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A CurtainUp London Review
Palace of the End
by Tim Newns
We are presented with three monologues. The first from a character named only as 'soldier' but who is very much based on Lynndie England (the American soldier famously caught on tape torturing Iraq prisoners in Abu Ghraib prison). The second monologue is a proposed account of the final few hours of Dr David Kelly's death in Harrowdown Hill and the third monologue is from Nehrjas, a mother from Iraq recounting what life was like under Sadam.
Jade Williams, Robin Soans and Imogen Smith play the characters respectively. Williams plays 'soldier' with a strong American accent that doesn't quite maintain its hold throughout her monologue but her characterisation of a patriotic soldier with a rather distorted view of the awful events that happened in Abu Ghraib is commendable. Williams manages to both humour and offend the audience with troubling efficiency.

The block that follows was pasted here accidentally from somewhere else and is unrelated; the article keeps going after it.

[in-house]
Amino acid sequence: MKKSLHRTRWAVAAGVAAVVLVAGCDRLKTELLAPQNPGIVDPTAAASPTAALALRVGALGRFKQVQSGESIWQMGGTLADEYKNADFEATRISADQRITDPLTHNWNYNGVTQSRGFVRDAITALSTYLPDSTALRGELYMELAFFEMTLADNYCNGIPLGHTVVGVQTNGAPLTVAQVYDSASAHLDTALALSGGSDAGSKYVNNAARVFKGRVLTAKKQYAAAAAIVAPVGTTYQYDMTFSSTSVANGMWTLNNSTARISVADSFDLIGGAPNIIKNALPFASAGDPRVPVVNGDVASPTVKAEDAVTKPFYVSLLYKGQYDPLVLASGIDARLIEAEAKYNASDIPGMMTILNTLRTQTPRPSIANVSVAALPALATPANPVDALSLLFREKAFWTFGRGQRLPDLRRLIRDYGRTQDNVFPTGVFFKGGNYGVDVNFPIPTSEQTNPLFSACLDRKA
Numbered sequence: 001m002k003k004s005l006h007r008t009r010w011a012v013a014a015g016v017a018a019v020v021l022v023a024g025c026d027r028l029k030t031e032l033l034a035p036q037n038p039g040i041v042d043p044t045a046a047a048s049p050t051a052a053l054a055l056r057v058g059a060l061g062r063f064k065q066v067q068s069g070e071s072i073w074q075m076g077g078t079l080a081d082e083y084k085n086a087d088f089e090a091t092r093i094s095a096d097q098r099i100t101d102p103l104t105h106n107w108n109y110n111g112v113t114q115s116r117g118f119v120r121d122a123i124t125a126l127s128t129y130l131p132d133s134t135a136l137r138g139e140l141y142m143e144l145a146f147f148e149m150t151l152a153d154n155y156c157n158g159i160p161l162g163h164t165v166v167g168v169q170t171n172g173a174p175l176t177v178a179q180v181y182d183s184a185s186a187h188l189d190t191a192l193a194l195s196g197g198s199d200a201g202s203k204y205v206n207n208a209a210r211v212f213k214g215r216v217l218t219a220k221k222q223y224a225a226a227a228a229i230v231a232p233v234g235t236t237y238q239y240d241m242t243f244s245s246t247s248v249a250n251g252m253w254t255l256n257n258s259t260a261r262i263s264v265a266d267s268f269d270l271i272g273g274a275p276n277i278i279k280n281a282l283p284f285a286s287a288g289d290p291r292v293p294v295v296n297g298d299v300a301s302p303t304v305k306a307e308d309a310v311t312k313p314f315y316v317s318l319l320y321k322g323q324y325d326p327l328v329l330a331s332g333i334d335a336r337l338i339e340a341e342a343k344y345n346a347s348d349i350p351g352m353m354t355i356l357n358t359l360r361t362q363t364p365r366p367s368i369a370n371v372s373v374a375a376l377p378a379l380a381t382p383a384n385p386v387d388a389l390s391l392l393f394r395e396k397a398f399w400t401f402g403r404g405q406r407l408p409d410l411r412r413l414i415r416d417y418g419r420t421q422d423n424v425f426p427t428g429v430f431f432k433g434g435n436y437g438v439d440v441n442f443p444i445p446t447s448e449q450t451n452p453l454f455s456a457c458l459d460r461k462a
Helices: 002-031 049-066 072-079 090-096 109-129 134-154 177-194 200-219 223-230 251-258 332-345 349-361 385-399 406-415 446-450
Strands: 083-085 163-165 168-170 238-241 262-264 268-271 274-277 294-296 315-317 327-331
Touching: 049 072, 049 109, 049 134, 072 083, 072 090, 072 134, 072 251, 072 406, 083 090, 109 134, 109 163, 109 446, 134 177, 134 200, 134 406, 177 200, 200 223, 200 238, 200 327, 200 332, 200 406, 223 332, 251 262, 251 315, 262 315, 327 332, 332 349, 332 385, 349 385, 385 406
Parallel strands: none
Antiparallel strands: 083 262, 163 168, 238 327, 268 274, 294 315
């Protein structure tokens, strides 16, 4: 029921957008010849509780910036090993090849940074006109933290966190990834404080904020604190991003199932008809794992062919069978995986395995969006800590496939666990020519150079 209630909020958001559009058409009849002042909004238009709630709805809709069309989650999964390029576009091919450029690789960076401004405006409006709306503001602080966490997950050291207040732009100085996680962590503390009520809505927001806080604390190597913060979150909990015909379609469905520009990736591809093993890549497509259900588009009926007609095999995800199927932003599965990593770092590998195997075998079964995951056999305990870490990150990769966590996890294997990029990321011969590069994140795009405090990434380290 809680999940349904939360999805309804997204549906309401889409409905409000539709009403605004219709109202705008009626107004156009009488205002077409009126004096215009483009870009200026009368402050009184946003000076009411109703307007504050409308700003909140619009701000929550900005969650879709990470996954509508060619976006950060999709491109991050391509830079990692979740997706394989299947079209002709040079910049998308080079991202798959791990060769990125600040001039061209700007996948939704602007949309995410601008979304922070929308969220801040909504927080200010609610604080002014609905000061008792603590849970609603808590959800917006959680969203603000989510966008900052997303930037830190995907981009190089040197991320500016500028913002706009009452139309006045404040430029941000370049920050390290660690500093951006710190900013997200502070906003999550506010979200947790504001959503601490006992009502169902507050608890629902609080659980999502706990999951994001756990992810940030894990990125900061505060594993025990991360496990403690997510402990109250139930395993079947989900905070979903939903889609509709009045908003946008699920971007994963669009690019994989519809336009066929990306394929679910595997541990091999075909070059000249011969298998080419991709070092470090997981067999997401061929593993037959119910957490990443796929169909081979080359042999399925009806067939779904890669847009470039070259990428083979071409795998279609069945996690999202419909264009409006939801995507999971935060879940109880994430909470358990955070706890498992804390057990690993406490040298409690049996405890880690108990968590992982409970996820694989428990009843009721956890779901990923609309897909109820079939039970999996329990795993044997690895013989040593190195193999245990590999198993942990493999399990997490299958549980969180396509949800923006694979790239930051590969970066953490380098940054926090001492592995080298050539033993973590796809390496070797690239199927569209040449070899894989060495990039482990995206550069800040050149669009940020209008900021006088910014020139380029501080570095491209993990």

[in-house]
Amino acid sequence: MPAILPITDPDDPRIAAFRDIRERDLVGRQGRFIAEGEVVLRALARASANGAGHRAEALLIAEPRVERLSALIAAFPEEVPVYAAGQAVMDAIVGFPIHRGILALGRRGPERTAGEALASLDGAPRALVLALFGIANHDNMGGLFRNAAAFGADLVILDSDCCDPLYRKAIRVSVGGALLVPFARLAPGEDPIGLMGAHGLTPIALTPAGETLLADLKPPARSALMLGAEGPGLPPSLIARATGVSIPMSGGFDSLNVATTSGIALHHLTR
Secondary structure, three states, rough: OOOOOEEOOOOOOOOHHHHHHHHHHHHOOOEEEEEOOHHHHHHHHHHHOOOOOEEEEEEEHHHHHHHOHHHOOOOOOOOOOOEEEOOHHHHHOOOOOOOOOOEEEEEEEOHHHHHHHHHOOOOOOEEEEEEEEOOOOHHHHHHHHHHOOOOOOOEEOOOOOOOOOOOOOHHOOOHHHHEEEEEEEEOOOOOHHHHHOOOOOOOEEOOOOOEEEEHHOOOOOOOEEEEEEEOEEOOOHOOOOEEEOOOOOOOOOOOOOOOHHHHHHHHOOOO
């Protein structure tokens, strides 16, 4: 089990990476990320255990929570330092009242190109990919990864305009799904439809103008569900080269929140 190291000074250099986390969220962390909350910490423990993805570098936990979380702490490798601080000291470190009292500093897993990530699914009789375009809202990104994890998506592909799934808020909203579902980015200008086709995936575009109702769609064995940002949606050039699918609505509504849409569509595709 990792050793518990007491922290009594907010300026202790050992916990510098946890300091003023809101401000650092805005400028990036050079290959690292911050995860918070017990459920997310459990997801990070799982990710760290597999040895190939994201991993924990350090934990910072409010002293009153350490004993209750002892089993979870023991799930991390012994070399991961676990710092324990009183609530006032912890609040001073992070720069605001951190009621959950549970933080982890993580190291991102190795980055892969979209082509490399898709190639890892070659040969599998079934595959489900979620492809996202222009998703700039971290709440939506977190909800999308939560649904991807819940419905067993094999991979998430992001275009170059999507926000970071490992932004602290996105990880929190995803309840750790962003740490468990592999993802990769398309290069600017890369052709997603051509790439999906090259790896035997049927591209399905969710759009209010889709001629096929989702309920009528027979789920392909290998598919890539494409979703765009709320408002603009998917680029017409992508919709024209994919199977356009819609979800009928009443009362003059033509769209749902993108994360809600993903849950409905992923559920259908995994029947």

Robin Soans has a rather disturbing physical similarity to Kelly and is exceedingly engaging. In the most real and convincing monologue, we play witness to Kelly's last few hours as he contemplates his actions both in his position of 'Government Weapons Inspector' and also his decision to share secret information with the BBC. This is a man staring death in the face and Soans plays him with the necessary dismay and solitude.
Nehrjas is a lady who has severely suffered under the hands of Sadam's secret police. We are told about an event that led to the torture of herself and two of her sons and the eventual death of several members of her family. Imogen Smith is remarkably convincing as a grief stricken yet oddly poised mother. The grace and fervour that Smith brings to the role is excellent and with being the final monologue does well to maintain the audience's focus throughout.
Judith Thompson's play does put you in a common dilemma. It firmly challenges your view of the Iraq war and the monologues are in such an order that cleverly leave you feeling rather unsure with your own opinions. As although the events of Abu Ghraib were indeed diabolical, we remember life for the Iraqi people who fought for freedom and democracy was also intolerable under Sadam . . .